In all of the embodiments illustrated in FIGS. 1-6, it will be seen that the hinges 23, 30, 38 and 50 are of a separate material than the material of construction of the substantially rigid panels, and is more readily foldable, or rubber-like, and can be adhered to the substantially rigid panels by any of a variety of techniques, such as being laminated thereto, being heat sealed thereto, being adhesively secured thereto, or mechanically fastened thereto in some manner as will be described in examples later to be discussed herein.
 With reference now to FIG. 7, a hip ridge or rake shingle 51 is shown, in section, in which each of the substantial rigid panels 52, 53 is comprised of a core material 54 having its weather-exposed portions in the installed condition, covered by a capstock material 55, as shown. A separate material is used to provide the substantially flexible hinge 56. The hinge 56 is secured to each of the substantially rigid panels 52 by any of the techniques described above. However, in the embodiment of FIG. 7, the hinge 56 is provided with a reinforcement member 57 that can be a woven scrim, or woven fabric, for example. The reinforcement could also be a non-woven scrim or fabric, or even a film, any of which reinforcements can be embedded into the hinge 56, such as during a molding operation or the like, or could be adhered to either an upper or lower surface of the hinge 56 (not shown).
 With reference to FIG. 8, another hip, ridge or rake shingle 60 is illustrated, comprising substantially rigid panels 61 and 62, connected by a relatively flexible hinge 63, also comprising a different element than either of panels 61, 62, preferably constructed of a different, softer material than the material of construction of either of the substantially rigid panels 61, 62.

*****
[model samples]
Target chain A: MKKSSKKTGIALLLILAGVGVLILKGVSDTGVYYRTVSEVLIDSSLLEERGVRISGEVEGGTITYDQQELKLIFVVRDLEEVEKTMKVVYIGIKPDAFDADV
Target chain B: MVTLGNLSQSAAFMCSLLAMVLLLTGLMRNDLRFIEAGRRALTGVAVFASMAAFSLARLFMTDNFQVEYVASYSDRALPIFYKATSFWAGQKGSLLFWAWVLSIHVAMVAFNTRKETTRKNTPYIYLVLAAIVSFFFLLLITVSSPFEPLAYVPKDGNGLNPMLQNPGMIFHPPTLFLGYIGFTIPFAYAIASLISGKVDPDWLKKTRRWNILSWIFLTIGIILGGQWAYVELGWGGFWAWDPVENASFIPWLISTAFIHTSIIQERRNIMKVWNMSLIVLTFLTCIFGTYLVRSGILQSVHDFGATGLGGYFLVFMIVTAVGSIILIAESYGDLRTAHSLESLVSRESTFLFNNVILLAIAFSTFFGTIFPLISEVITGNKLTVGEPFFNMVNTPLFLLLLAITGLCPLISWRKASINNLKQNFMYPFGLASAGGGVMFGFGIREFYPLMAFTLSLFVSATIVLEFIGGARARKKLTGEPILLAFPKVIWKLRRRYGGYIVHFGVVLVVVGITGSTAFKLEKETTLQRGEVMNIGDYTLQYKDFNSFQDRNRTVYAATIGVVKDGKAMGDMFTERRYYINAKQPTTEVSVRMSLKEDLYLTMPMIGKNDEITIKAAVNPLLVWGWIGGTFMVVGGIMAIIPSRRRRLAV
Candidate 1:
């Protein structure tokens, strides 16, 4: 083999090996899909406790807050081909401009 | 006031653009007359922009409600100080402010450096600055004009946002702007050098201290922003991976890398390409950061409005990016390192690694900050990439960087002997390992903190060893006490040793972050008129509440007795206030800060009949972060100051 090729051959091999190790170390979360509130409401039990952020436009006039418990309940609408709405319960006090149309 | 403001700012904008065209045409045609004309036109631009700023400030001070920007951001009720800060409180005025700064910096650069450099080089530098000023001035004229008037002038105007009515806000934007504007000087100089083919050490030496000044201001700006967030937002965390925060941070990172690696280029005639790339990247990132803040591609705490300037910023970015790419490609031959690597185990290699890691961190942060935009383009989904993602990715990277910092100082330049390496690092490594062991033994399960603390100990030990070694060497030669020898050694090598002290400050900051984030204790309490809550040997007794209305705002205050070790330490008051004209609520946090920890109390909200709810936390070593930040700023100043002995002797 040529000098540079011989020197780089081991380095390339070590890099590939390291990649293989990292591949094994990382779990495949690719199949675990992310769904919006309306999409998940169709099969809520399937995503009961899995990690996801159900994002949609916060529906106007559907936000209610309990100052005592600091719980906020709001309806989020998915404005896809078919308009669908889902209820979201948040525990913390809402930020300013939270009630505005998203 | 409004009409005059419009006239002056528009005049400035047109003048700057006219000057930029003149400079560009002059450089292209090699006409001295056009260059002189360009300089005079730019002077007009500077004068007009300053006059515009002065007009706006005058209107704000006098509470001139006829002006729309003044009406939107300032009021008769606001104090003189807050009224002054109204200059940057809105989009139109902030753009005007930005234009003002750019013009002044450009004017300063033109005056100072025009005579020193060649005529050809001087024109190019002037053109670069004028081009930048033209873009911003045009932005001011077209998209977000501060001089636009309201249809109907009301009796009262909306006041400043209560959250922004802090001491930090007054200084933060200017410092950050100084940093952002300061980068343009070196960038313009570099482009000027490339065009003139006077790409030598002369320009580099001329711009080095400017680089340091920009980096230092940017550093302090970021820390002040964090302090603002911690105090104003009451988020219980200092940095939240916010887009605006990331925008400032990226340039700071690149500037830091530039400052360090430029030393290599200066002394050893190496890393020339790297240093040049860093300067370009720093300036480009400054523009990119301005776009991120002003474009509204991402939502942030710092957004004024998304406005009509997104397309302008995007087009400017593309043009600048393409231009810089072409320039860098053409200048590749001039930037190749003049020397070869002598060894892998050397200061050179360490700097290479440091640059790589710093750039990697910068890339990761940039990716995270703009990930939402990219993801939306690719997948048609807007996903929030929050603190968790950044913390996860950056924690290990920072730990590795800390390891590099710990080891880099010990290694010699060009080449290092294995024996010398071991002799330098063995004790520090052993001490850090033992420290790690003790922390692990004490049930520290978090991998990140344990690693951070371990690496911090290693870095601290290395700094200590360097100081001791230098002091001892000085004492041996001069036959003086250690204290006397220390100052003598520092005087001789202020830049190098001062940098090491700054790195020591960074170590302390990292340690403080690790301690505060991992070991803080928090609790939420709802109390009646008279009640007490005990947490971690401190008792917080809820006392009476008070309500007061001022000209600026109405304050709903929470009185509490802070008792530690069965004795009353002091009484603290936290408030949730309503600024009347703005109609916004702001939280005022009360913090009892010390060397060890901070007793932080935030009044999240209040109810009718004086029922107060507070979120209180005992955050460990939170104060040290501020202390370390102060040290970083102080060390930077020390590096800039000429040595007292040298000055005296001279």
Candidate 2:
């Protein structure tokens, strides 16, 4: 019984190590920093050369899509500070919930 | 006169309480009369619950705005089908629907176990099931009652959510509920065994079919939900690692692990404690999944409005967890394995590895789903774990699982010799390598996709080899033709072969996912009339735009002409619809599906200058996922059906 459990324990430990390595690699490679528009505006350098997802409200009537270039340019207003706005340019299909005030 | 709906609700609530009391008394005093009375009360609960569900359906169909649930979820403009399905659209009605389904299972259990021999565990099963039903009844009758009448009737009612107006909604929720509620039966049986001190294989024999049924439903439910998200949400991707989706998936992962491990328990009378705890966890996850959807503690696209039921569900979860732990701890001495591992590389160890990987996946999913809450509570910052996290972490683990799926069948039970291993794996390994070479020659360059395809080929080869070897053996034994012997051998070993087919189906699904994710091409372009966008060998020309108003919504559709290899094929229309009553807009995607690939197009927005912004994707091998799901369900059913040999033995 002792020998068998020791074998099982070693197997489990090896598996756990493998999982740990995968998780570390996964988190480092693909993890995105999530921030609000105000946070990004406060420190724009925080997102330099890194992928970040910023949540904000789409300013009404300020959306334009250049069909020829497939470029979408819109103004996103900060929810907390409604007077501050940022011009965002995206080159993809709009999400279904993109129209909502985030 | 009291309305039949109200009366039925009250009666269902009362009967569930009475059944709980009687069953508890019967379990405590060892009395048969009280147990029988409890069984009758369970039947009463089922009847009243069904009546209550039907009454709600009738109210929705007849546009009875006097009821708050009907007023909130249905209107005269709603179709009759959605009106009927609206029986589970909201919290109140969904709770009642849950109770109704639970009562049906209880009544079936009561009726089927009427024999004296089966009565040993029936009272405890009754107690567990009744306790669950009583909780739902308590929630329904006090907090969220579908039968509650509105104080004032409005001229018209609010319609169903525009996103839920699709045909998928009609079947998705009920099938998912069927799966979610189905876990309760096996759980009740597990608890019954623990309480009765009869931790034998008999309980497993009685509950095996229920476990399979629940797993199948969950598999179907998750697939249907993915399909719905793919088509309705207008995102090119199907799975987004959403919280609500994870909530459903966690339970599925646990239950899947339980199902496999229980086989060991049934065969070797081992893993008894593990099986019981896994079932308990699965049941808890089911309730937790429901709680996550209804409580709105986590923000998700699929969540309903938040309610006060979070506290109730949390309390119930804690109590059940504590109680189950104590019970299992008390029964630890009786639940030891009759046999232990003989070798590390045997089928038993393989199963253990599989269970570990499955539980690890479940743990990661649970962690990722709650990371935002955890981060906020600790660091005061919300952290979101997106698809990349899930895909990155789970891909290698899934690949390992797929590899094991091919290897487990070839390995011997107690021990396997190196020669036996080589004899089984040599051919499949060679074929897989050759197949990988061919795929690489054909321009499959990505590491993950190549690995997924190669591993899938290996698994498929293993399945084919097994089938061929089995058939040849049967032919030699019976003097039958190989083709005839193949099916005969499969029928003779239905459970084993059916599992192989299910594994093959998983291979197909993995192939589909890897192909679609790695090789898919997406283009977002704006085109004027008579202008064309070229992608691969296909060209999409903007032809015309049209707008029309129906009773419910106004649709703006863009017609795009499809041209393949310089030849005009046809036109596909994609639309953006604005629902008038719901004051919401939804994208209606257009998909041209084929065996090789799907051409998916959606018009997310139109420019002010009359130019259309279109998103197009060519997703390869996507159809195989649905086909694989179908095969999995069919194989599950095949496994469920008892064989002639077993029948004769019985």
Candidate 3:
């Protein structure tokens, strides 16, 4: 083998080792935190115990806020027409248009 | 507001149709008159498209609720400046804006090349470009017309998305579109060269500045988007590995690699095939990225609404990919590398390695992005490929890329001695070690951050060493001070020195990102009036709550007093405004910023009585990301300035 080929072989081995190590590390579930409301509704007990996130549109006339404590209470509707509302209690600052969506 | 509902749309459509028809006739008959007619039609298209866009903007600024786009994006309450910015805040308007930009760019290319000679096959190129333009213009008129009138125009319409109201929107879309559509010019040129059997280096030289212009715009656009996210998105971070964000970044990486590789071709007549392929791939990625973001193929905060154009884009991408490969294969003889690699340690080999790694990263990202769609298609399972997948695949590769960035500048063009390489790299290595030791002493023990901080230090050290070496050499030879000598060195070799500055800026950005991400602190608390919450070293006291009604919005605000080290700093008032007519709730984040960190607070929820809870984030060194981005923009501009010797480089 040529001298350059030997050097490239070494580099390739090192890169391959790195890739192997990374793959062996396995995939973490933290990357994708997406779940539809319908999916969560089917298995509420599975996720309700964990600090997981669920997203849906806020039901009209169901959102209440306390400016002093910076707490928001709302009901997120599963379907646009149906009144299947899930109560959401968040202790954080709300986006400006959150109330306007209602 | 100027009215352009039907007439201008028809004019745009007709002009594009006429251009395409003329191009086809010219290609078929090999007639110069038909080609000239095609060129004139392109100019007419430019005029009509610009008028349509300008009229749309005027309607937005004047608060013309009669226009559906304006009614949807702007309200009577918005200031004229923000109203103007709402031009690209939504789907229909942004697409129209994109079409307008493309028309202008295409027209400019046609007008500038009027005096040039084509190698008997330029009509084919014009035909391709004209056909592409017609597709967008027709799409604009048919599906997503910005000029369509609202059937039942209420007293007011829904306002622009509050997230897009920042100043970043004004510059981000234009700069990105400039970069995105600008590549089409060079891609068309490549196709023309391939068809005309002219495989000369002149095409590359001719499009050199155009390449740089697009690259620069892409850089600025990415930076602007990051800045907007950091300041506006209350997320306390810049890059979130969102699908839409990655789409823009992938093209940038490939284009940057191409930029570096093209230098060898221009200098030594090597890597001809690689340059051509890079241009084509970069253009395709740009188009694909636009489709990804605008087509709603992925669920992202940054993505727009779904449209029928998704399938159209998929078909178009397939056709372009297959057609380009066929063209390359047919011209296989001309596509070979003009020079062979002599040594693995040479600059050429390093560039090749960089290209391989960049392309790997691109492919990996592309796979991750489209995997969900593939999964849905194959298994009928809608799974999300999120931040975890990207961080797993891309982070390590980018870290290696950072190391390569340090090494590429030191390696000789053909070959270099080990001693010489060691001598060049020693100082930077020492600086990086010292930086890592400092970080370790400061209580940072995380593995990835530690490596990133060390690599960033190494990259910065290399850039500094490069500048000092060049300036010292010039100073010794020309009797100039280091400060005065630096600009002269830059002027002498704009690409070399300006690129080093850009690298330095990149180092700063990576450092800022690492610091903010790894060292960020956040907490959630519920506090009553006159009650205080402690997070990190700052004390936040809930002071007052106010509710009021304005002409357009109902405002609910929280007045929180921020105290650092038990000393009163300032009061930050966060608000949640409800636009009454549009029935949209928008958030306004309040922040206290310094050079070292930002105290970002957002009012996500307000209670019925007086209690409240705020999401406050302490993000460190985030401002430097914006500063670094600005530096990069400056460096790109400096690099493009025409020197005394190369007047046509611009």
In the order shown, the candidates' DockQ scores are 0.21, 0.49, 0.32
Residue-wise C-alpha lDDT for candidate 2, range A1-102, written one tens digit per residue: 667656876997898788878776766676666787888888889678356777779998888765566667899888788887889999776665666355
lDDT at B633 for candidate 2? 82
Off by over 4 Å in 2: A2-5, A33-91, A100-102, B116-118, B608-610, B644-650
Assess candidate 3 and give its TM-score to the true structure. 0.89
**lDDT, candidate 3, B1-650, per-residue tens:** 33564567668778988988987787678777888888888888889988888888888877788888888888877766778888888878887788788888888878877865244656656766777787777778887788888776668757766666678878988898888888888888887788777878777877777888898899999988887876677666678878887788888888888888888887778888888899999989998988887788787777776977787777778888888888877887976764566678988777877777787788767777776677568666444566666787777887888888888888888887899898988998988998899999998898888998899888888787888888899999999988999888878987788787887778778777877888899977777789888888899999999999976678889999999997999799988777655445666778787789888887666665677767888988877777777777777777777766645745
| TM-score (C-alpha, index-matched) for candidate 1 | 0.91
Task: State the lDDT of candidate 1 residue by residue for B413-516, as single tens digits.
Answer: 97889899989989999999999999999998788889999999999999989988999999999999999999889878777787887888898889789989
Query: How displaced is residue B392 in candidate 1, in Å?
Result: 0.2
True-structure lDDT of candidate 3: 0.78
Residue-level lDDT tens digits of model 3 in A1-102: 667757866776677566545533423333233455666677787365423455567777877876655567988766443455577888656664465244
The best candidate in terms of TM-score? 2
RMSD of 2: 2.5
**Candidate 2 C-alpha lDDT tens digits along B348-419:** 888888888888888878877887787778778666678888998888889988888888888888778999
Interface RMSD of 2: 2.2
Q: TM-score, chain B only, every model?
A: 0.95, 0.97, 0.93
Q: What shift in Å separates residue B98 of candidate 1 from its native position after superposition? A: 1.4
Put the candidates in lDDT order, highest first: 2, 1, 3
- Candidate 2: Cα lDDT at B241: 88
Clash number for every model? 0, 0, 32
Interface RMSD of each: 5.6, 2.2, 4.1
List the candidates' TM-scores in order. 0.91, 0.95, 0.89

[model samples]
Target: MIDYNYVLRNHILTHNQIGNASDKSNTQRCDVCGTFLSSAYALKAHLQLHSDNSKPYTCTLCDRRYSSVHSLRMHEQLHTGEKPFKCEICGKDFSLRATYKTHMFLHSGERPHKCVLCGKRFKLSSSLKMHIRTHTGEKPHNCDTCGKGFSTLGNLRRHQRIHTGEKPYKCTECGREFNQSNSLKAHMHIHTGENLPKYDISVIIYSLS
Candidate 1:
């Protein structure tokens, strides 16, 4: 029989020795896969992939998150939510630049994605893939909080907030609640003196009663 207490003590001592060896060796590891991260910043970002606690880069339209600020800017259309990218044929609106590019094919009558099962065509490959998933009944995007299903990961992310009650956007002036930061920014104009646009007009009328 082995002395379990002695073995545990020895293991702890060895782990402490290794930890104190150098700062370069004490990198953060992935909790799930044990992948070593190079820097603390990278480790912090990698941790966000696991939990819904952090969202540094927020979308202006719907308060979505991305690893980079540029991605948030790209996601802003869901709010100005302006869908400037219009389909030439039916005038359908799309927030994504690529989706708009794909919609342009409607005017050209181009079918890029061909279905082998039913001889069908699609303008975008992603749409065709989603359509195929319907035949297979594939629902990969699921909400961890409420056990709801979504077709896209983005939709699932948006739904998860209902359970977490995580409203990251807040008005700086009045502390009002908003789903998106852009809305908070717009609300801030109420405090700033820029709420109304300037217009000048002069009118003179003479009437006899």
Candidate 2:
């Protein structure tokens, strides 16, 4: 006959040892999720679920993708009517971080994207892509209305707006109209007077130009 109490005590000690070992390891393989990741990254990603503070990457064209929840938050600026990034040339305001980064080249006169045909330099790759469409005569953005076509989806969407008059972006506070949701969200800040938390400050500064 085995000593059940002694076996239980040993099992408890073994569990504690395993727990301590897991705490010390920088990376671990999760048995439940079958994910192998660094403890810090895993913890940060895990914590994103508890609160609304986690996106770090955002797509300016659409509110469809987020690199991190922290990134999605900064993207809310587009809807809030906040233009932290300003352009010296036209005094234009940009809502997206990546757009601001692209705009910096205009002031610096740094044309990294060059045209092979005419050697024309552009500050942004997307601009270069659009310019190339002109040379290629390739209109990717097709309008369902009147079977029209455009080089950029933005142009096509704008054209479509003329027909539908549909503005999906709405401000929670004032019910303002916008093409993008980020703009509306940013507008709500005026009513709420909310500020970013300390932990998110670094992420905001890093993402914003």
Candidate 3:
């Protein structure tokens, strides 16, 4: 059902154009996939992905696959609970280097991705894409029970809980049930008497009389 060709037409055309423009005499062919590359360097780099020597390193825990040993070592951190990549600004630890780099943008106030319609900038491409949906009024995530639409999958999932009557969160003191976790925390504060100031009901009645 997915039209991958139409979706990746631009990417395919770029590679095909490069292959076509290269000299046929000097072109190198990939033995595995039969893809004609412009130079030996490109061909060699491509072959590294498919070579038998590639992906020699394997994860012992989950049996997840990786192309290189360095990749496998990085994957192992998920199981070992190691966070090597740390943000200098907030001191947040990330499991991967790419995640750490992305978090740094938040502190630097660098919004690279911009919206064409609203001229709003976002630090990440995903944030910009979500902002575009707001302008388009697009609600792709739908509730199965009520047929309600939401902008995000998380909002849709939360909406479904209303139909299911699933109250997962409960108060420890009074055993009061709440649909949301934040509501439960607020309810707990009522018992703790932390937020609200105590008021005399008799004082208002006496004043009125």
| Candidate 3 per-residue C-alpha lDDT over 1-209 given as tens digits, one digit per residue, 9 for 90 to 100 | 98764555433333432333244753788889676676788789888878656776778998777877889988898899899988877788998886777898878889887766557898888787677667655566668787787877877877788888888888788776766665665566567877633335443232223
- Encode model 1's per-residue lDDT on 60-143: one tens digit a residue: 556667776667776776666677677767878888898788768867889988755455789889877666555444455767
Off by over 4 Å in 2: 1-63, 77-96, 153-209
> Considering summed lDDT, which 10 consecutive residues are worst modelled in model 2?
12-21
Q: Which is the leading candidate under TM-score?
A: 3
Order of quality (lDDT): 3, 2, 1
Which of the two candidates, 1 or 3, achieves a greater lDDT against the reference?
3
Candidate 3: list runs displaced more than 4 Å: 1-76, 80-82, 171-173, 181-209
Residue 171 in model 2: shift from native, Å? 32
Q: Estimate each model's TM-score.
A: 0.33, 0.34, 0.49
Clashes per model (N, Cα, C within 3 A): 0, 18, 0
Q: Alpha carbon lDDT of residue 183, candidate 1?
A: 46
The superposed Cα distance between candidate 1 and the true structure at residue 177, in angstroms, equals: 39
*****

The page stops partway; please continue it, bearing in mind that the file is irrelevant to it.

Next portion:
In FIG. 9, yet another alternative embodiment is illustrated, wherein the substantially rigid panels 65, 66 of the hip, ridge or rake shingle 67 are connected by a hinge 68 that is constructed of the same material of construction as are the substantially rigid panels 65, 66, but in order to be flexible, the hinge 68 may be thinner, or may be scored (not shown), or otherwise mechanically altered to bend more easily and be more flexible for serving the function of a hinge.
 With reference to FIG. 10 it will be seen that a hip, ridge or rake shingle member 70 is shown, which can be of a single material of construction, having substantially rigid panels 71 and 72, connected by a thinner hinge 73, which enables the shingle 70 to be molded of a unitary material, or of a core material having a capstock material thereon (not shown). In the embodiment of FIG. 10, a sheet of release tape 74 is shown connecting the relatively rigid panels 71 and 72, across the hinge 73, to keep the shingle 70 generally flat, for purposes of stacking a plurality of shingles in a container, one atop the other, for example. The release tape 74 may be removed for purposes of bending the shingle 70 to have different angular accommodations depending upon the slopes of different surfaces of a roof to which is applied, or the tape 74 could simply be released from one side, to be free of one of the panels 71 or 72, for purposes of installation of the shingle 70 on a roof.
 The shingle 79 of FIG. 11 illustrates another alternative embodiment, in which the hinge 77 is unitary with the substantially rigid panels 75 and 76, and in the flattened condition shown has a space 78 between the substantially rigid panels, so that in the configuration shown in FIG. 11, the shingle 79 may also be readily stacked.
 In FIG. 12, there is illustrated a shingle 80, somewhat similar to the shingle 79 of FIG. 11, but wherein the substantially rigid panels 81 and 82 are connected by a differently configured hinge 83 than that 77 for the shingle 79 of FIG. 11, but wherein the substantially rigid panels likewise have a space 84 therebetween, in the flattened condition shown for the shingle 80, also for stacking purposes, but wherein the hinge is substantially wider than that shown in FIG. 11.